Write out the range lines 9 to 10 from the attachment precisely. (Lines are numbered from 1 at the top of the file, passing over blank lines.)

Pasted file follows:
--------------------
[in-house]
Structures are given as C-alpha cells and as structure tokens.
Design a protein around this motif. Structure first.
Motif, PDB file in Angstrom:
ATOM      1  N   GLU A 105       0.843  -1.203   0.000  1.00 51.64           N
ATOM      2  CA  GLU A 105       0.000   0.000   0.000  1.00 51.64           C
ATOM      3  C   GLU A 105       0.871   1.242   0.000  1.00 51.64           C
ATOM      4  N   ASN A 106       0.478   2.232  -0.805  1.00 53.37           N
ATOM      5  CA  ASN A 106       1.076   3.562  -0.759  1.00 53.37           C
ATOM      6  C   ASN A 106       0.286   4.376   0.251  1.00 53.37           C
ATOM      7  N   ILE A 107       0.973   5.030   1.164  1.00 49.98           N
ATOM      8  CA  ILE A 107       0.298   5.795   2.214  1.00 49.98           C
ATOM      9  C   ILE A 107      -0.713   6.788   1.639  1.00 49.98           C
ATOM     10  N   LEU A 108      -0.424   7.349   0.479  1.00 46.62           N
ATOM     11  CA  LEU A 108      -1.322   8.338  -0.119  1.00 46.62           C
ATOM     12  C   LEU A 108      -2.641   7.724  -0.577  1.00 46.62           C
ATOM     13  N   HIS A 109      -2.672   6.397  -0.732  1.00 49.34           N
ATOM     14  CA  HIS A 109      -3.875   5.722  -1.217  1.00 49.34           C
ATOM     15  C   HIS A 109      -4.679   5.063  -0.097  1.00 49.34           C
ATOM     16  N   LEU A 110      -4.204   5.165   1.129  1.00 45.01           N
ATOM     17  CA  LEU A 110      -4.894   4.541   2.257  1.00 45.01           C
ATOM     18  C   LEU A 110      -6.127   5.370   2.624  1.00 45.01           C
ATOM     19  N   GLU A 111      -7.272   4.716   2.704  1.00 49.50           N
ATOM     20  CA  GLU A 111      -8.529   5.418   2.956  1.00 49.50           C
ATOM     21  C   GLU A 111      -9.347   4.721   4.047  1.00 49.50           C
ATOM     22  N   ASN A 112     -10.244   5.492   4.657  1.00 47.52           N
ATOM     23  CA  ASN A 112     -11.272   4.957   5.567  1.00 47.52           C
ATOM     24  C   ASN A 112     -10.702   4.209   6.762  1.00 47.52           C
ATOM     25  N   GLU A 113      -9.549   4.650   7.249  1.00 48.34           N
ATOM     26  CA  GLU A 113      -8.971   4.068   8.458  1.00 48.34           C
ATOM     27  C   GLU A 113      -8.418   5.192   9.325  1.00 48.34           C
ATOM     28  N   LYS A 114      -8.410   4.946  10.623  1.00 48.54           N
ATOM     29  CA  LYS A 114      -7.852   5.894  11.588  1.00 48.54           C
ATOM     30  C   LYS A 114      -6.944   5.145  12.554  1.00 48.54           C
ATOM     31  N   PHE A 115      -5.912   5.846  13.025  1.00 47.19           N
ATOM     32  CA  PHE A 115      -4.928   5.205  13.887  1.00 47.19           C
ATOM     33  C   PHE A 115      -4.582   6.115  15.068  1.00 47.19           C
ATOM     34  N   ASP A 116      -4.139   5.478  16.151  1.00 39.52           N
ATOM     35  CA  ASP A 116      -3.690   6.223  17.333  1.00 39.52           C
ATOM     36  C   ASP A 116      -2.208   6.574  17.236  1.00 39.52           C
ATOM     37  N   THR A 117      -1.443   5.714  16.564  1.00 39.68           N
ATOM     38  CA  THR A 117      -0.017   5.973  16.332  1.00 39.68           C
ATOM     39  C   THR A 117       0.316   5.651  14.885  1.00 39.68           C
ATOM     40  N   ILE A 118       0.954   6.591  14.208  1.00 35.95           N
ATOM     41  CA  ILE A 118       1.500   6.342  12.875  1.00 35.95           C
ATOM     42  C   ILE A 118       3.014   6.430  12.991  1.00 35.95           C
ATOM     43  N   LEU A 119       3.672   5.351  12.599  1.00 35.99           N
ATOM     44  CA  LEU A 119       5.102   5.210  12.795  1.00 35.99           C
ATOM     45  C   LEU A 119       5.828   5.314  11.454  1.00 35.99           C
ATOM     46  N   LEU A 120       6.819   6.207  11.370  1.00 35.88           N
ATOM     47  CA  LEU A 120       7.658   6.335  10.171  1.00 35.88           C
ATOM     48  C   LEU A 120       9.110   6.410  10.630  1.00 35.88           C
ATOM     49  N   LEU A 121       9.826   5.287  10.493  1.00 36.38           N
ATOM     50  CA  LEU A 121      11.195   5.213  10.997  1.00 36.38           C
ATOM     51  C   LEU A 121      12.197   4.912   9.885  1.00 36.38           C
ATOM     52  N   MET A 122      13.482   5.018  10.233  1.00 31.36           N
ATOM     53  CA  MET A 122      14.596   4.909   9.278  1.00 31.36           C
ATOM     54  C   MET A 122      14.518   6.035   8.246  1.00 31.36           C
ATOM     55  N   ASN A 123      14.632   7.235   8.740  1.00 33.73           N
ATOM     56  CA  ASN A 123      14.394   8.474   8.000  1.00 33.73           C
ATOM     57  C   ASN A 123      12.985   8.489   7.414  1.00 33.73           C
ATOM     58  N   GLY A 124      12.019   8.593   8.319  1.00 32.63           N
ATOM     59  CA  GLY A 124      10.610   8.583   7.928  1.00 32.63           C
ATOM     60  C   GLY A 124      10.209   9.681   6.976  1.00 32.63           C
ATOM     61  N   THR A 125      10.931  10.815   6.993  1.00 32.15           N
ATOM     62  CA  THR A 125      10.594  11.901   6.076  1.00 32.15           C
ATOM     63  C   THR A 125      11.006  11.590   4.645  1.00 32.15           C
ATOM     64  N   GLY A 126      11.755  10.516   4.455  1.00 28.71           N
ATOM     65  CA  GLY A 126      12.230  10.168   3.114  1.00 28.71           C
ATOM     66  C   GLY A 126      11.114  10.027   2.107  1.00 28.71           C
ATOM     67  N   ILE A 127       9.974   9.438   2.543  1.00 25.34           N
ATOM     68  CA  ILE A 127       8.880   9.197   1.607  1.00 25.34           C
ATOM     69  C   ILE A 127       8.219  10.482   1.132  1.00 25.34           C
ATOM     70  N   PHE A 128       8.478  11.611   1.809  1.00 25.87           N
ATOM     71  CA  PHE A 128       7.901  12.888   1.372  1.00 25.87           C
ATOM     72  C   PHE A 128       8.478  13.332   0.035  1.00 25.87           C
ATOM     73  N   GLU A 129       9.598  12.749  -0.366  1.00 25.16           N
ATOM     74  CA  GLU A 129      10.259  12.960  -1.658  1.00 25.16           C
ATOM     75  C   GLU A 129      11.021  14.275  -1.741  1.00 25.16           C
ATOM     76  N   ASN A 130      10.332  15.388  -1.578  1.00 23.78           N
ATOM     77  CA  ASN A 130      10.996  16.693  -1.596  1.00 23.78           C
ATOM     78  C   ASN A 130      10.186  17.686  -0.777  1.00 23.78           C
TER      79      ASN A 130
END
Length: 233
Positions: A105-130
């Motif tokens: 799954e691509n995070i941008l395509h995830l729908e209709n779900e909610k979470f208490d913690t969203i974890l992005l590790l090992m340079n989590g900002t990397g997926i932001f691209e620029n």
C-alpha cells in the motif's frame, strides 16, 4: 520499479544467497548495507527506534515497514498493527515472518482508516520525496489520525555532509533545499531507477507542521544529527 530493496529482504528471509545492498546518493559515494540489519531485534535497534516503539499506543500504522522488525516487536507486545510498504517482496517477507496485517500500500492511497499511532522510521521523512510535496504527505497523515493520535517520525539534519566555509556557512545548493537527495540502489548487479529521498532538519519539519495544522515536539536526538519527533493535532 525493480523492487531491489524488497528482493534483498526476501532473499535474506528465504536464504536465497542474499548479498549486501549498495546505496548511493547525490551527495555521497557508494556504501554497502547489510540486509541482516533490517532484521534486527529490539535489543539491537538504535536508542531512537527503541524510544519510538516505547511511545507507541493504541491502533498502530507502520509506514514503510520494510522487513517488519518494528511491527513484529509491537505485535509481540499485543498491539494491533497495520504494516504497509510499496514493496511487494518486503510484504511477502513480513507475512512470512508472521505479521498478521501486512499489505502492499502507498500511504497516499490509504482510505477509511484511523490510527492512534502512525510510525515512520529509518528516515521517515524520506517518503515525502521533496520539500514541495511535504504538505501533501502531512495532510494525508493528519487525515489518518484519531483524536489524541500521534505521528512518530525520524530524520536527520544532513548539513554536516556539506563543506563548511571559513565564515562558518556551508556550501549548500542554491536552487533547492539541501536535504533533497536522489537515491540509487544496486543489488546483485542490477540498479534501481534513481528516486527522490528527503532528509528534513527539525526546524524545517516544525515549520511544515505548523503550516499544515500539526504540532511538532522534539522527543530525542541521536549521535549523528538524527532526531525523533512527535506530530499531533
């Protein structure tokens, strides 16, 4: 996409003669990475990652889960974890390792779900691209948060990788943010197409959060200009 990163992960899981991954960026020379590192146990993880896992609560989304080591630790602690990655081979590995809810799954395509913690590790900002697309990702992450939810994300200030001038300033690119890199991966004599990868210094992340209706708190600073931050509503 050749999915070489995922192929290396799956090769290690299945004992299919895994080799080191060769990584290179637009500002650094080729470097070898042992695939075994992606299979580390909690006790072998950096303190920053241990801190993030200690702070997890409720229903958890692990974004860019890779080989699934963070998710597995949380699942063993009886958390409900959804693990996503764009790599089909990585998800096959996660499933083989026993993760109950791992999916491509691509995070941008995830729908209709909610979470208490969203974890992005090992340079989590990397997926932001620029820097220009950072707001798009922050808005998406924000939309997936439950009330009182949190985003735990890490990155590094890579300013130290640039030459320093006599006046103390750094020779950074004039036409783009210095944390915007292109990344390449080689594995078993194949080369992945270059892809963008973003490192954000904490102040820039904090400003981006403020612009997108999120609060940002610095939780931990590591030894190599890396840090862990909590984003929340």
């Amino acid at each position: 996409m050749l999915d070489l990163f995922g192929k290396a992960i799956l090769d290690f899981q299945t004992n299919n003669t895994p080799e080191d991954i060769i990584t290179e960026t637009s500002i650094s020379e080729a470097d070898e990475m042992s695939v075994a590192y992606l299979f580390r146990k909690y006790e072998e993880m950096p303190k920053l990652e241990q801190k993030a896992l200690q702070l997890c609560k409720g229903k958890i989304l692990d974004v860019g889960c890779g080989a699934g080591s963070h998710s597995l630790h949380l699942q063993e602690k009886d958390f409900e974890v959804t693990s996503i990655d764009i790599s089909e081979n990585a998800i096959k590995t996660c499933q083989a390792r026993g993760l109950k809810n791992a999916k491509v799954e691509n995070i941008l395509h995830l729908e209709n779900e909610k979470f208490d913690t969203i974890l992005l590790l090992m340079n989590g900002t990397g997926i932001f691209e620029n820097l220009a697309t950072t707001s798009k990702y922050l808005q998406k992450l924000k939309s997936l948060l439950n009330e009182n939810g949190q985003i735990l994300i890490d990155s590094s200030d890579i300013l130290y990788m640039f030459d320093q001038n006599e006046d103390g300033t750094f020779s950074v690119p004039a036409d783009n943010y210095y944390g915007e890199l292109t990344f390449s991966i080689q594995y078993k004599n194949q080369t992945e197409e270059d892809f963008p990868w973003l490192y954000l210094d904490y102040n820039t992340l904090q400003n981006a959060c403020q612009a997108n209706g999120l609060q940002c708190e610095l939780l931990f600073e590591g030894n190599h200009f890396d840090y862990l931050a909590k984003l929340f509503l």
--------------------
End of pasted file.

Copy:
ATOM      5  CA  ASN A 106       1.076   3.562  -0.759  1.00 53.37           C
ATOM      6  C   ASN A 106       0.286   4.376   0.251  1.00 53.37           C